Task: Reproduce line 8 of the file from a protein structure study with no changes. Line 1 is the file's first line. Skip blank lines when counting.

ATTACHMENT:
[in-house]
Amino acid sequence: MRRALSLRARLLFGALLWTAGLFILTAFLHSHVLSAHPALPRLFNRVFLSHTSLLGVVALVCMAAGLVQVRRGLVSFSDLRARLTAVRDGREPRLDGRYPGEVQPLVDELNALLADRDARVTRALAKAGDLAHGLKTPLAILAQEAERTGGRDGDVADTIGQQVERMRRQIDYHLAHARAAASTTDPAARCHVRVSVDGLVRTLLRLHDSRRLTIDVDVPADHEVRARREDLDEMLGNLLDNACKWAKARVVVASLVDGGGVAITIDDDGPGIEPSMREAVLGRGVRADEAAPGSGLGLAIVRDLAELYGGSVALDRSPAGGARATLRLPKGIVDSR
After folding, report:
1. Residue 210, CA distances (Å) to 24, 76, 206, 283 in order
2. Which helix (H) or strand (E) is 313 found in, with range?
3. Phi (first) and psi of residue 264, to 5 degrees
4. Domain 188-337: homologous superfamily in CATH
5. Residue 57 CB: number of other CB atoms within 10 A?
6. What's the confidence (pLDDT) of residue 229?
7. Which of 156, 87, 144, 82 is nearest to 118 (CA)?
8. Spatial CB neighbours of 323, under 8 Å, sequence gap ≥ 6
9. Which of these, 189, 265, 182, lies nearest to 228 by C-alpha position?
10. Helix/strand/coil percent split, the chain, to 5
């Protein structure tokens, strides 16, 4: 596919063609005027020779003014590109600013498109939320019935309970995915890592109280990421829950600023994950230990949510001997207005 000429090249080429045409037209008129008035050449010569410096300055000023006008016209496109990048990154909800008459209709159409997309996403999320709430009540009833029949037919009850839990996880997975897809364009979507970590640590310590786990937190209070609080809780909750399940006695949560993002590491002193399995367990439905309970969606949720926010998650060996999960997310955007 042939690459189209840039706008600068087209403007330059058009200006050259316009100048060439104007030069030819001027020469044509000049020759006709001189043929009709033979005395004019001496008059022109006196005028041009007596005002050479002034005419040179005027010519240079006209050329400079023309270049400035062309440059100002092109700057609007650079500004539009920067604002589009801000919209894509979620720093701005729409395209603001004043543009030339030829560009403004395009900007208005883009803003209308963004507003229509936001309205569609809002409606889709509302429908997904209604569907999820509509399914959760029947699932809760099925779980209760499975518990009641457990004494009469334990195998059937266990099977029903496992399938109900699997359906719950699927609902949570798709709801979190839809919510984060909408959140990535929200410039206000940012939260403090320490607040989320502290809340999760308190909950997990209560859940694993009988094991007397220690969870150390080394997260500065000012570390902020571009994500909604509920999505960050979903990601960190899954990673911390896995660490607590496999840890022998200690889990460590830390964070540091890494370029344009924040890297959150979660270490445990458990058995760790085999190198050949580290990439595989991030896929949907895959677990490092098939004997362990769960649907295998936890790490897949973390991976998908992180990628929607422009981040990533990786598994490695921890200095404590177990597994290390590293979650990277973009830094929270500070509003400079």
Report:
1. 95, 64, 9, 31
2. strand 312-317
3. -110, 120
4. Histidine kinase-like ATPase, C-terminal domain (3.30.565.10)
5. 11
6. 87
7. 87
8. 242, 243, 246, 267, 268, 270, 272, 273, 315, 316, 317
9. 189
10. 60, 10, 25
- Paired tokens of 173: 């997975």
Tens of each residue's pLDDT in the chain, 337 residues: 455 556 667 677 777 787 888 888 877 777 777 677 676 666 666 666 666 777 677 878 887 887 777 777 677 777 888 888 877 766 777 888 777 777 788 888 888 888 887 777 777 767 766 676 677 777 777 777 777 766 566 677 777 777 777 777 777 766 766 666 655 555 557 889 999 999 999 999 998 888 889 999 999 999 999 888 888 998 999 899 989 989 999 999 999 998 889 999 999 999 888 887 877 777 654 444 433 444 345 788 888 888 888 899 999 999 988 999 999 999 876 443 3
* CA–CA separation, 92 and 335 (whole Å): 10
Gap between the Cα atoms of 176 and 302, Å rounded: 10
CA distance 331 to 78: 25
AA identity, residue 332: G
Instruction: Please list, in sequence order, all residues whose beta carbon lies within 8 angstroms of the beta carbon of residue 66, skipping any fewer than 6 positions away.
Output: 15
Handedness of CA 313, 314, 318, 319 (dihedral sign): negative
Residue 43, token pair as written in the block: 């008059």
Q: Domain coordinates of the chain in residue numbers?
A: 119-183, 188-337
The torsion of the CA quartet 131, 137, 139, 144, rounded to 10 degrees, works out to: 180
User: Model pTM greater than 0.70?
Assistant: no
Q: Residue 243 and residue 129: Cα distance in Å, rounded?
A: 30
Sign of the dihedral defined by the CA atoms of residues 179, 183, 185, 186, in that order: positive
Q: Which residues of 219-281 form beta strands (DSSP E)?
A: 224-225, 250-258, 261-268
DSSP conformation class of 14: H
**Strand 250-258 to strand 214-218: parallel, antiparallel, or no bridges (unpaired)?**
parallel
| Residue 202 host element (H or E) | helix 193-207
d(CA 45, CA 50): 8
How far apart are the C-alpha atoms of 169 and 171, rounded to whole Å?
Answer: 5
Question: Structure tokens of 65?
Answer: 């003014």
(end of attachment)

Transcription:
5. Residue 57 CB: number of other CB atoms within 10 A?